Key to a successful ERP implementation

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Key to a successful ERP implementation

One of the questions you hear the most often leading up to a Dynamics AX or any other type of ERP or CRM implementation is, what are the critical success factors? Last month, at AXUG Focus in St. Louis, this question kind of came up organically during a roundtable session on how to pick your partner. A lot of what users and partners of AX were mentioning aligns with the keys to having a successful project. I thought I’d share what I consider to be critical factors for an implementation.

Setting clear expectations. Without having a clear goal, and clearly defined roles for who is responsible for what, you will always be chasing a moving target. Establish up front what the expectations are of both your internal project team and your partners, whether that’s the amount of hours they need to be committed, how to track progress, or any other things you need to maintain. Along the same lines you need to define the scope of the project clearly and keep it documented.

Take ownership of the project. As partners, we are here to guide companies on how to use the software, training, best practices, and building a solution. However, if your Subject matter experts (SMEs) and implementation team don’t take time to learn the system and apply their business knowledge to helping the partner build a solution that makes sense for your company, you will never have success. The SMEs should have the authority to make decisions for their departments and the mindset to make decisions on a global process, if necessary.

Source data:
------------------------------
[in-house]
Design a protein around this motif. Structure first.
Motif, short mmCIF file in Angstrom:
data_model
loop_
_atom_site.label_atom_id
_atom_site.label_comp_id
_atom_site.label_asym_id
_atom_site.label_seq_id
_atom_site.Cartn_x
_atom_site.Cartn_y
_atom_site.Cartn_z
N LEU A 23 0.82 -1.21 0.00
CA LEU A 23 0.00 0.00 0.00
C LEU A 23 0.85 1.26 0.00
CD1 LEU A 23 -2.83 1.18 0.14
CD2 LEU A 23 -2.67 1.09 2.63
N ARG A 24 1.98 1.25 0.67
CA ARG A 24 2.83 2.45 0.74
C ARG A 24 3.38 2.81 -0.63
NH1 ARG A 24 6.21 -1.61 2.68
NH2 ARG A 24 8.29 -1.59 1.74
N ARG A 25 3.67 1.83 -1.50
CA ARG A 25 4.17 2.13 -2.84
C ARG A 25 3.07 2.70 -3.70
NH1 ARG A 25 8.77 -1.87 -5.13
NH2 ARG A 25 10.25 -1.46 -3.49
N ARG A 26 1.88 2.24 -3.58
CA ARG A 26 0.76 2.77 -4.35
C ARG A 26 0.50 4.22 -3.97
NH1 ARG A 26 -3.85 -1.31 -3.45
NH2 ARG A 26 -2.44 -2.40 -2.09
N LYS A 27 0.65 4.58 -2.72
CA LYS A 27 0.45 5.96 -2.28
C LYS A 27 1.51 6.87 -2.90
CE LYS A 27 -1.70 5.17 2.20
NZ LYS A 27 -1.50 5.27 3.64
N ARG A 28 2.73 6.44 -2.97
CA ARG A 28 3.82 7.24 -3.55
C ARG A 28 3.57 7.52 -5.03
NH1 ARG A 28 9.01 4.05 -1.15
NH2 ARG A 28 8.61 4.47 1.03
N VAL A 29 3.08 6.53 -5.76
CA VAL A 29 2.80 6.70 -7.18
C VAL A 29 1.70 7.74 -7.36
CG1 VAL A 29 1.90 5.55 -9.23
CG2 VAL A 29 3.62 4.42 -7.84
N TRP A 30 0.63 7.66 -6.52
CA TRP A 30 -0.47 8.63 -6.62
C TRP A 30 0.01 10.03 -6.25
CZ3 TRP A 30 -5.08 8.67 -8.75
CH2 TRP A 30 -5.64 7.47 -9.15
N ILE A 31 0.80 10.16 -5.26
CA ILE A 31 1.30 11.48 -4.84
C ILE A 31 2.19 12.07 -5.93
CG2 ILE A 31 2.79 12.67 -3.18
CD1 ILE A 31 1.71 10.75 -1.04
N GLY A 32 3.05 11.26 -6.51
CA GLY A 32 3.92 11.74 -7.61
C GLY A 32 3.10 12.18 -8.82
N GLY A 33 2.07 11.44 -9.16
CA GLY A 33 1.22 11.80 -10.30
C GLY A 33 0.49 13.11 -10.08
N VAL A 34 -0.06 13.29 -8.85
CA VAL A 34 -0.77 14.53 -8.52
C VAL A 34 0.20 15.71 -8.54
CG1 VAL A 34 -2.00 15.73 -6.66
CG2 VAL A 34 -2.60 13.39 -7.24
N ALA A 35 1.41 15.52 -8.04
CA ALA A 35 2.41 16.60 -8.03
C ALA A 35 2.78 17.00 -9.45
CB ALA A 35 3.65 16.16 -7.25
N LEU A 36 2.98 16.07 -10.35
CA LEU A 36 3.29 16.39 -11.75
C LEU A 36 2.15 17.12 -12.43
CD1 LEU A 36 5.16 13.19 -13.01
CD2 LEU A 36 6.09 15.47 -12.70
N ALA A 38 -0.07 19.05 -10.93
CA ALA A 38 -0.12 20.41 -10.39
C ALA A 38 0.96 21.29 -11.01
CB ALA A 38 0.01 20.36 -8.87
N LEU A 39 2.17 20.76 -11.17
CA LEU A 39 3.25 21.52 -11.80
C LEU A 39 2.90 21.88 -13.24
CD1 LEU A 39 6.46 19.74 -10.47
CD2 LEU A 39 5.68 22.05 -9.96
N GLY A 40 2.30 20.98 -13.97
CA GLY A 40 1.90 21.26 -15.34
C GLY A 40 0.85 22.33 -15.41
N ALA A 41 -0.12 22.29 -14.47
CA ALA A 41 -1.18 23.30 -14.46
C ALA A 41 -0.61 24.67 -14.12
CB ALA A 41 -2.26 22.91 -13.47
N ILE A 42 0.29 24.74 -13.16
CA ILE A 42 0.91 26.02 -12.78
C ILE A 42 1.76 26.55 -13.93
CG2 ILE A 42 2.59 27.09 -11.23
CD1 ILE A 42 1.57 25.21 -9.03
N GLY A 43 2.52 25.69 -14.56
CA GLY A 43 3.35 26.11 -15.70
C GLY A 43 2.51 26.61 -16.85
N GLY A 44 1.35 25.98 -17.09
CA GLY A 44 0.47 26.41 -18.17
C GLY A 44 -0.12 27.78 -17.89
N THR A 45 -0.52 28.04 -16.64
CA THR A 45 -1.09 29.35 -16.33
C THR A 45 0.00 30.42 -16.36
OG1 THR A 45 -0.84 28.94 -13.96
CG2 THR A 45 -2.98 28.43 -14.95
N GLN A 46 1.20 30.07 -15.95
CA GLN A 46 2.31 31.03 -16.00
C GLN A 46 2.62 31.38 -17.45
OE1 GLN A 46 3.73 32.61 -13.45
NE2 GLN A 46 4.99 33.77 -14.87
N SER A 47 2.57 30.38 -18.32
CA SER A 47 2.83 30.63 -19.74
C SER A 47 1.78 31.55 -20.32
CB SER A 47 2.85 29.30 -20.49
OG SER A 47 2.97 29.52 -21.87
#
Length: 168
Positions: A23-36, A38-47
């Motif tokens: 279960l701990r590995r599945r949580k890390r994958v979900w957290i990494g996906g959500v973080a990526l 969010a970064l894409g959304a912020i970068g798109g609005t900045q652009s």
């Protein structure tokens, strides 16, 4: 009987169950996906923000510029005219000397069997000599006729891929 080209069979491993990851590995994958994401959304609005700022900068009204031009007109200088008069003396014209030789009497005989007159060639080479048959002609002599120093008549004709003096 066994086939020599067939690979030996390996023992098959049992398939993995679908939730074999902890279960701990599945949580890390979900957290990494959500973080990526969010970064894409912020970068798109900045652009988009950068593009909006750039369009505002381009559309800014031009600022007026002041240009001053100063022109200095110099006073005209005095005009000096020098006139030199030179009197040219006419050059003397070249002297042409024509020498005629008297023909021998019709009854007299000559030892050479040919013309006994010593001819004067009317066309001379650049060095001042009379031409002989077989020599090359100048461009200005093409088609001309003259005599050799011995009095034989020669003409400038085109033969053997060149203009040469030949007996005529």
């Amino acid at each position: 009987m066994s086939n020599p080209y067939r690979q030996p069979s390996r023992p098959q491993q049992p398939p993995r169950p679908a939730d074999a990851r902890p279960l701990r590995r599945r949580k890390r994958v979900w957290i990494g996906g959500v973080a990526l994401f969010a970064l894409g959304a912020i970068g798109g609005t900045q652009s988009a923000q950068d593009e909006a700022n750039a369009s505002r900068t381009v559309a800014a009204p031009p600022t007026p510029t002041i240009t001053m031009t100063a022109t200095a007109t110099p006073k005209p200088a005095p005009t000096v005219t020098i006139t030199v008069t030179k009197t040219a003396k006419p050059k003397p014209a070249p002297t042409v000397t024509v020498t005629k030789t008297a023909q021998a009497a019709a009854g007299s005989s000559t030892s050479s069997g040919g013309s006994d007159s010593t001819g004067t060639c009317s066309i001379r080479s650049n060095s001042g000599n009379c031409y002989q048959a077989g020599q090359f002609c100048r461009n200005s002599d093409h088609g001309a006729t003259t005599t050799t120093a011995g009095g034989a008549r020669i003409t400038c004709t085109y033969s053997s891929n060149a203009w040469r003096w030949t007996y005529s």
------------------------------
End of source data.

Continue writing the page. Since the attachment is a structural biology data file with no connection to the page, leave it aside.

Define clear requirements. You need to be very specific in what it is you need to do when processing transactions and accessing information and reports. Terminology is different between competing software and industries so you need to be clear on what it is you are looking for. A requirement that says I need an inventory report, for example is way too vague. What data is required on this report? Does it need to be run ad hoc, in a batch, should it be in the system or in a data warehouse? All of this is important to help your partner show you which tools or processes make the most sense for you.

During simulation or testing, they key stakeholders must be involved to sign off on process in order to proceed to the next stage of the project.

Define your change management process early. What is the process going to be if a priority requirement comes up that was not in the original scope? What do you do if a new requirement arises based on a system limitation? Without defining how to handle these changes, you can waste a lot of time in unnecessary meetings, wasting valuable resources as well.

Look for a partner with experience in your industry. Many partners specialize in certain verticals. Maybe some are only experienced in manufacturing companies and you are a retailer. You need that expertise to have solutions that meet your needs. But don’t be afraid to look to various partners for specific requirements. You don’t have to limit yourself to one vendor for everything in the implementation.

Limit customizations and complexity where possible. Saying we have always had this and it needs to be this way is not how you should be going about your business. Look for opportunities to streamline your processes. Don’t build custom reports if the data is already there, just maybe in a different format then you are used to. Work with your partner(s) to learn the new system and your options before you mandate that you need a modification because you have that piece of functionality or report that you use in your current system.

This is definitely not an exhaustive list, but hopefully it’s a great start to help your companies know what to think about when approaching an implementation or looking for a partner or ISV to help you.

Author: 
Andrew Lencsak

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